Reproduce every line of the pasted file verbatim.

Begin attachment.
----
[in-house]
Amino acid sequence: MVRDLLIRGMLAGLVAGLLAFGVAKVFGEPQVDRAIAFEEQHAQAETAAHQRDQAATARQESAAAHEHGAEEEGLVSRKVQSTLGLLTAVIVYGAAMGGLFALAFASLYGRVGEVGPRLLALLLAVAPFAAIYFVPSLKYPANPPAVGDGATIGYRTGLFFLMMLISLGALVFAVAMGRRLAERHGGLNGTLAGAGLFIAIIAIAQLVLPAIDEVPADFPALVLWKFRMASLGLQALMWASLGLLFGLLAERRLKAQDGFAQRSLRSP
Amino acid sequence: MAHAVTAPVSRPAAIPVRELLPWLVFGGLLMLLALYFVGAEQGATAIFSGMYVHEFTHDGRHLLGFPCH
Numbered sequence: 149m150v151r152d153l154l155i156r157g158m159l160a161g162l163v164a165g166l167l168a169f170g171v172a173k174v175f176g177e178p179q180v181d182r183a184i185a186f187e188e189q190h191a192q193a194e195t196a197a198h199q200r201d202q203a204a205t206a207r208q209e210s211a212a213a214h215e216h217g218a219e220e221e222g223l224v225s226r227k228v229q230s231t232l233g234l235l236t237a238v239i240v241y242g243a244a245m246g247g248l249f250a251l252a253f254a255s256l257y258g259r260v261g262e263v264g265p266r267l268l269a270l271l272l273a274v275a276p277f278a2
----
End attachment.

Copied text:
[in-house]
Amino acid sequence: MVRDLLIRGMLAGLVAGLLAFGVAKVFGEPQVDRAIAFEEQHAQAETAAHQRDQAATARQESAAAHEHGAEEEGLVSRKVQSTLGLLTAVIVYGAAMGGLFALAFASLYGRVGEVGPRLLALLLAVAPFAAIYFVPSLKYPANPPAVGDGATIGYRTGLFFLMMLISLGALVFAVAMGRRLAERHGGLNGTLAGAGLFIAIIAIAQLVLPAIDEVPADFPALVLWKFRMASLGLQALMWASLGLLFGLLAERRLKAQDGFAQRSLRSP
Amino acid sequence: MAHAVTAPVSRPAAIPVRELLPWLVFGGLLMLLALYFVGAEQGATAIFSGMYVHEFTHDGRHLLGFPCH
Numbered sequence: 149m150v151r152d153l154l155i156r157g158m159l160a161g162l163v164a165g166l167l168a169f170g171v172a173k174v175f176g177e178p179q180v181d182r183a184i185a186f187e188e189q190h191a192q193a194e195t196a197a198h199q200r201d202q203a204a205t206a207r208q209e210s211a212a213a214h215e216h217g218a219e220e221e222g223l224v225s226r227k228v229q230s231t232l233g234l235l236t237a238v239i240v241y242g243a244a245m246g247g248l249f250a251l252a253f254a255s256l257y258g259r260v261g262e263v264g265p266r267l268l269a270l271l272l273a274v275a276p277f278a2